A good example of an area that would greatly profit from am IRM approach to Cloud architecture is healthcare. The new German eHealth Card will support telematics systems in which the patient data can be protected by IRM, thus giving the patient full control over who gets to see his records.
Every man for himself
The big drawback of IRM in its present form is the lack of common standards or in fact of any real standards at all. Almost every vendor - first and foremost Microsoft, Adobe and Apple - have chosen to take a different path towards IRM and DRM, thus locking in existing customers and creating huge entrance barriers for others, since one system won't work with any other.
Creating industry-wide standards is an imperative, but it won't happen overnight. A good idea would be to develop some kind of "intermediate IRM" that would enable the exchange of documents between different formats through some kind of "IRM middleware" which would form the basis for the IRM handling of corporate information and thus achieve true Cloud Security.
There are a number of specialist vendors in the IRM market today, some using technology supplied by the big players, others travelling the proprietary route. As a rule, these niche systems do a very good job of handling complex and differentiated policies. This is convincing from a technological viewpoint, and it provides compelling arguments for the security people. However, most solutions is use today get along with rather simply policies which make them easy to scale and administer.
Finding common ground for IRM and DRM
Naturally, the vendors of IRM solutions hesitate to compare their products with "old-fashioned" DRM technology (read: "content protection"). We feel that there is some common ground. After all, DRM is rather prevalent already and has established itself for instance in the realm of video-on-demand (Maxdome, Microsoft), music distribution (iTunes) and apps (virtual every app store for smartphones uses some form of it). Yes, there exists a community of crackers who know how to get around DRM protection, but they are seldom criminally inclined.
It would be interesting to see what the success factors for DRM systems are and how they might play in the Cloud space. And it turns out they do: most large-scale DRM systems are engineered to protect information (usually digital content) in mostly uncontrolled environments.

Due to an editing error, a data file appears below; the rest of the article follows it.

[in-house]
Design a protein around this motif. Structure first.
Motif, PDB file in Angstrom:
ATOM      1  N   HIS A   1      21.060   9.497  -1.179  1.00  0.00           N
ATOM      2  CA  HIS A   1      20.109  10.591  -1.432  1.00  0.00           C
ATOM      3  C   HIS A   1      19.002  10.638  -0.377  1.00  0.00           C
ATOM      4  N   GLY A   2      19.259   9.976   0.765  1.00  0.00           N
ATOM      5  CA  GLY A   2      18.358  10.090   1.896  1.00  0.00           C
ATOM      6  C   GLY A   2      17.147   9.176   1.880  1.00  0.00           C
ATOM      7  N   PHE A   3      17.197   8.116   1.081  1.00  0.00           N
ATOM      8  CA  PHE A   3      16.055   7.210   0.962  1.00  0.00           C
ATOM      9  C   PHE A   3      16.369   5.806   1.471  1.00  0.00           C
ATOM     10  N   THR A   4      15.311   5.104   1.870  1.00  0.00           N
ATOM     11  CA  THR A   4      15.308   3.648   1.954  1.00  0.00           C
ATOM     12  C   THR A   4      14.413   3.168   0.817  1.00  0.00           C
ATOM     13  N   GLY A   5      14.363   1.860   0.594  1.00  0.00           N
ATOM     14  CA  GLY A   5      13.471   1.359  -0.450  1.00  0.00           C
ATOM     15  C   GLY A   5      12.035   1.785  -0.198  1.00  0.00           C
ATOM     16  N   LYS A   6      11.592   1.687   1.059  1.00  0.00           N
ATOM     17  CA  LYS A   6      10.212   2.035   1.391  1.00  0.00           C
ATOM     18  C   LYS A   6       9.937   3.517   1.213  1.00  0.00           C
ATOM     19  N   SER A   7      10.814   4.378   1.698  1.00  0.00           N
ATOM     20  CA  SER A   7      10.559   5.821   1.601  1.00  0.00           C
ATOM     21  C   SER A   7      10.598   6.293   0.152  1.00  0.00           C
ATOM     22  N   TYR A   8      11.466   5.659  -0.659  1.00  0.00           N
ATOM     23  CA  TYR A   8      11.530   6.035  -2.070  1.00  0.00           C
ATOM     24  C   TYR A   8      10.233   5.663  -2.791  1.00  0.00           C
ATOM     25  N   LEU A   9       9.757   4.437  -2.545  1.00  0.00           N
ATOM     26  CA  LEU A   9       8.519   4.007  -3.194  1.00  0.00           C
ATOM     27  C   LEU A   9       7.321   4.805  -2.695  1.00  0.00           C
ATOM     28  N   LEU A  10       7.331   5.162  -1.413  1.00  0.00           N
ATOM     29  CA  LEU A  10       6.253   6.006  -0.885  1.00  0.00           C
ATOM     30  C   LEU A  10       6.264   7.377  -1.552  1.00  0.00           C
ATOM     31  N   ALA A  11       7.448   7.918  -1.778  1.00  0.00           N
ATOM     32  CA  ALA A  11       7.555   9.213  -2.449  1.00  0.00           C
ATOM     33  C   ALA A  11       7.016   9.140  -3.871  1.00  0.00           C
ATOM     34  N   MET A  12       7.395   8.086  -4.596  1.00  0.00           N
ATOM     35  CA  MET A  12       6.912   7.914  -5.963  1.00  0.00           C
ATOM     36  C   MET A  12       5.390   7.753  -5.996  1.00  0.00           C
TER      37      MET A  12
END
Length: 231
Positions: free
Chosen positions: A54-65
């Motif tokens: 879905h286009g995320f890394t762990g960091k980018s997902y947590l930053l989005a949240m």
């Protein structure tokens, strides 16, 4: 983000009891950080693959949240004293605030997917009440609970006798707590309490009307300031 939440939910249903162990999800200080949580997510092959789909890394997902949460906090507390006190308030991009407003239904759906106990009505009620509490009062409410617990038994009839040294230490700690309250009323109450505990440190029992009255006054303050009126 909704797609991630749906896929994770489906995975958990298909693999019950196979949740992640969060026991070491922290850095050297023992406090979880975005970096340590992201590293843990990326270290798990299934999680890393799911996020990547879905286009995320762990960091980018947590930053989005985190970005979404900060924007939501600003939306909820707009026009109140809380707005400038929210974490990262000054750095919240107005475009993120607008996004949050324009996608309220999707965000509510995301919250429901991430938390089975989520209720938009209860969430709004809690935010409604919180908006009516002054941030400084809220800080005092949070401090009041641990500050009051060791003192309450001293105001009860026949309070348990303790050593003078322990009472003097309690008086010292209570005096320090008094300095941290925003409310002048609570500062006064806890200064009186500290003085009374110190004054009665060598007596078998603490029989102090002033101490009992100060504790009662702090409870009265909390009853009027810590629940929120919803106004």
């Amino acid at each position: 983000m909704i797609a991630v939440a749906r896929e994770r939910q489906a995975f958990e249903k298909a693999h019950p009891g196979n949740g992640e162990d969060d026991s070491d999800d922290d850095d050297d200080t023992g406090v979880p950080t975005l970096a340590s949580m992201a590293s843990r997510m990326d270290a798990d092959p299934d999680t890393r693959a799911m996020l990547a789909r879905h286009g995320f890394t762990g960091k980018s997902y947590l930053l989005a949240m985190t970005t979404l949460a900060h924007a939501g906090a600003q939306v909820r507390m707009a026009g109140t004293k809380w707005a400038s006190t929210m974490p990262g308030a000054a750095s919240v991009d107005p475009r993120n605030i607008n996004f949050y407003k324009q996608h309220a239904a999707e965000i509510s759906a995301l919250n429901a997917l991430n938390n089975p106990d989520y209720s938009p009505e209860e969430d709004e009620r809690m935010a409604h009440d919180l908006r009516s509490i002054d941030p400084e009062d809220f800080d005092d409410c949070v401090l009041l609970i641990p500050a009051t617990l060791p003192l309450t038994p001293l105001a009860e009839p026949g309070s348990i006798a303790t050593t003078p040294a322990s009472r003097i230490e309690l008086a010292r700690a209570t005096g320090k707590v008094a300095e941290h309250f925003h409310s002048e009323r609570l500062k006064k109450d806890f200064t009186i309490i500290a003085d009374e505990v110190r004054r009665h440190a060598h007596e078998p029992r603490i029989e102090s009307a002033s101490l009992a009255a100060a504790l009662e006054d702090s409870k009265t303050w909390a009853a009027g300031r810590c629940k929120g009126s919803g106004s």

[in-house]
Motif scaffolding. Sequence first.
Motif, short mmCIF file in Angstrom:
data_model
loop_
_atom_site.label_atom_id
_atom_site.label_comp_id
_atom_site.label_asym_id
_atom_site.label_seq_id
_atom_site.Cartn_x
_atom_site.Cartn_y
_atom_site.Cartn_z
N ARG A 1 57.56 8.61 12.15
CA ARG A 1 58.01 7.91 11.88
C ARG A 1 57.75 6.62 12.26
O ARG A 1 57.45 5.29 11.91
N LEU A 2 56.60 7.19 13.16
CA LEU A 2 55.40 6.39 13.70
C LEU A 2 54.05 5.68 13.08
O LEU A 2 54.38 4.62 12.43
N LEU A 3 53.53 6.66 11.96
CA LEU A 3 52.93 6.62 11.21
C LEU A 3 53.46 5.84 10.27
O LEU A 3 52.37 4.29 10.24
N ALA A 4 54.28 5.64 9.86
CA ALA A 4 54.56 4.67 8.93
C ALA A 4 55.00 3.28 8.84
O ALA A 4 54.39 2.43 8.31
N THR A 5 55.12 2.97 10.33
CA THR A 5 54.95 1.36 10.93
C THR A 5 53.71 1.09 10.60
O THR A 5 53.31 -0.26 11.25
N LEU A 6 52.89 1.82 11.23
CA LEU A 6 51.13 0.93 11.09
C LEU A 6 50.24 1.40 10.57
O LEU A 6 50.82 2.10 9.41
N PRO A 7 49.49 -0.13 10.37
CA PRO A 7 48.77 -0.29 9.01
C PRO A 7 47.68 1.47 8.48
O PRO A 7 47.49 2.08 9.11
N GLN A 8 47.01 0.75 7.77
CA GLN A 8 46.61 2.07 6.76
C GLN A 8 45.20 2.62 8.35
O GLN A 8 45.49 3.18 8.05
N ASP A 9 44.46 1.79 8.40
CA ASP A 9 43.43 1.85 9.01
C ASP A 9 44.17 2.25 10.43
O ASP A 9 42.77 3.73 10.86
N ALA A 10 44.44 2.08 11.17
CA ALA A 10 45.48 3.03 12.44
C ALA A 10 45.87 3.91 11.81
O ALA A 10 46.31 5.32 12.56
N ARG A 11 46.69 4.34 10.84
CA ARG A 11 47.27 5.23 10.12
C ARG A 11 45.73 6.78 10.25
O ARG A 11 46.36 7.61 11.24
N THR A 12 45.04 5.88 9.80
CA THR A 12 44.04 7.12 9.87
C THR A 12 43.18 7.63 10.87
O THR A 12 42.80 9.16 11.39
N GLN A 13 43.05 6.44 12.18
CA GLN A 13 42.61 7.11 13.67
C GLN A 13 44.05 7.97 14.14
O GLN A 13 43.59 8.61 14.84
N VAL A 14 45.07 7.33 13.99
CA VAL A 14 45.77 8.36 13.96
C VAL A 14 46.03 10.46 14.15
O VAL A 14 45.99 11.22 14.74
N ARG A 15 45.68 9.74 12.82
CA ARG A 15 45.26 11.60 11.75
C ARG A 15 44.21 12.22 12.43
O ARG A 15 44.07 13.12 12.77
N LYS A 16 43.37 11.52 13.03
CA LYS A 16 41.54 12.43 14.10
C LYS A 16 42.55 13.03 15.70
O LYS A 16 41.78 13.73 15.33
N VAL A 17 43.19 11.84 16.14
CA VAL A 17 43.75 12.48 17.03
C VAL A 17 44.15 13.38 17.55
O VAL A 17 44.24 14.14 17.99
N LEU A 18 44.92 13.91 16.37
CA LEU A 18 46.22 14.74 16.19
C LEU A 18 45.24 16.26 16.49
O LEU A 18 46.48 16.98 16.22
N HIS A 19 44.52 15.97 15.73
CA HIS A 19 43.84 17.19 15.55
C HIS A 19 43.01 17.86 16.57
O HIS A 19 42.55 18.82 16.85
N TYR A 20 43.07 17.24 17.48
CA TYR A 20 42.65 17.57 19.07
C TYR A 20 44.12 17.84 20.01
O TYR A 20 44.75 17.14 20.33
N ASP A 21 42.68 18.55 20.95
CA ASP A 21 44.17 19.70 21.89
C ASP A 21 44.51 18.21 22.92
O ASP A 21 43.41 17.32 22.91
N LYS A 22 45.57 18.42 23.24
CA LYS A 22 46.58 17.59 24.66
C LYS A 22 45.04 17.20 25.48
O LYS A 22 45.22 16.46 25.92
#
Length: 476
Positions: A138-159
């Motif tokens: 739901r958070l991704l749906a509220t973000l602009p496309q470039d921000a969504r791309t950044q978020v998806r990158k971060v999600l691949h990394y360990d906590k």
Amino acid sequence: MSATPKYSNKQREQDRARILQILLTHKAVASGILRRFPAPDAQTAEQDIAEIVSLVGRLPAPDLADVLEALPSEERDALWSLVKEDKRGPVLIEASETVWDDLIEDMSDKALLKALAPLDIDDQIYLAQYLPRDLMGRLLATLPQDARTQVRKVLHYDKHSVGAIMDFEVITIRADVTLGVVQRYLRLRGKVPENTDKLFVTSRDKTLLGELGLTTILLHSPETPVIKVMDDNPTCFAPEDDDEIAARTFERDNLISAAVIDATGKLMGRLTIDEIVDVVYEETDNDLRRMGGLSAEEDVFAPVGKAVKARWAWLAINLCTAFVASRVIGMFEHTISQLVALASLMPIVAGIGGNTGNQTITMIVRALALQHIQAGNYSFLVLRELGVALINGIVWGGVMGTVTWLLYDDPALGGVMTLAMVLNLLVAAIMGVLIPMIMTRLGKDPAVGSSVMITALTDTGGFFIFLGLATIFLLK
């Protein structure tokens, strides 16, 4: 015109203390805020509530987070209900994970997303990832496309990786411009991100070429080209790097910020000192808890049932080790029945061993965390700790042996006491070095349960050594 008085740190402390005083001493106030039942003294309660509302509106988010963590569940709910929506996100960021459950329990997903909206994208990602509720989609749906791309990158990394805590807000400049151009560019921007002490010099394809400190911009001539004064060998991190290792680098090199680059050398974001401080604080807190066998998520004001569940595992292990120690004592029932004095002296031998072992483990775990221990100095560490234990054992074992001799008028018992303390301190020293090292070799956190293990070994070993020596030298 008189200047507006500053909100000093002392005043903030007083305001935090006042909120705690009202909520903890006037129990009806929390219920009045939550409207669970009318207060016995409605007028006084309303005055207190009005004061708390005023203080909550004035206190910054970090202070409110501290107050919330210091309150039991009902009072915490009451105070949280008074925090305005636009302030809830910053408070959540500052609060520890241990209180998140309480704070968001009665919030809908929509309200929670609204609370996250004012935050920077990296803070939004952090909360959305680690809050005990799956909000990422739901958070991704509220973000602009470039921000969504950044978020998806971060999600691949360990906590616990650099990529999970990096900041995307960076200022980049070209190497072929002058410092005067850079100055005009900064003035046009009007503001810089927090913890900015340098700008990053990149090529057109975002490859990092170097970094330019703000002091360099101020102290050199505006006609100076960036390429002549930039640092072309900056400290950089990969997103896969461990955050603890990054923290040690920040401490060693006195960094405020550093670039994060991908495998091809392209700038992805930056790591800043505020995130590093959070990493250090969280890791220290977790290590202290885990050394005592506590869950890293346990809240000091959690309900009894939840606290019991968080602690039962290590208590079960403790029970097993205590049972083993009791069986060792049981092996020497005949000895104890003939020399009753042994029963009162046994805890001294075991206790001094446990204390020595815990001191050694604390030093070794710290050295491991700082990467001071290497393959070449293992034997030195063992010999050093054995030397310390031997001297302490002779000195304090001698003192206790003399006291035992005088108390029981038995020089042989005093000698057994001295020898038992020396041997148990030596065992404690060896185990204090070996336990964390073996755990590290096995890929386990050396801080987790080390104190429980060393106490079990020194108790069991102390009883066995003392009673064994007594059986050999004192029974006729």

As a rule, these systems already allow distributors to create simple policies governing the type of devices that can be used for access (such as set-top boxes or MP3 players) and exactly when they may be used. Apple, for instance, lets customers of its iTunes store retroactively change the settings for a certain song or clip to "home use" so they can be seen or listened to by other members of the family on different devices. These models all have in common that they allow policies to be both flexible and straightforward.
This begs the question of whether IRM policies really should be forced to take every imaginable scenario into account, or whether the market would profit from the far simpler policy model of DRM to protect data and administer the systems.
Gradually getting there
No matter which course is taken, DRM and IRM are poised to become important building blocks in future Cloud strategies, so the earlier vendors and service providers adopt them the better. At least this would give users a way to store and at least partially process data in the Cloud without running undue risks.
However, it is still very early days for the processing of encrypted information since this involves removing the protection most IRM systems provide today. This is the Holy Grail of Cloud Security since it would mean that we can all start storing all of our data - HR, CRM and even analysis results - in the cloud without having to worry ourselves sick. Getting there will eventually involve some kind of "homomorphic" encryption, but that is an area in which research is just beginning to get under way.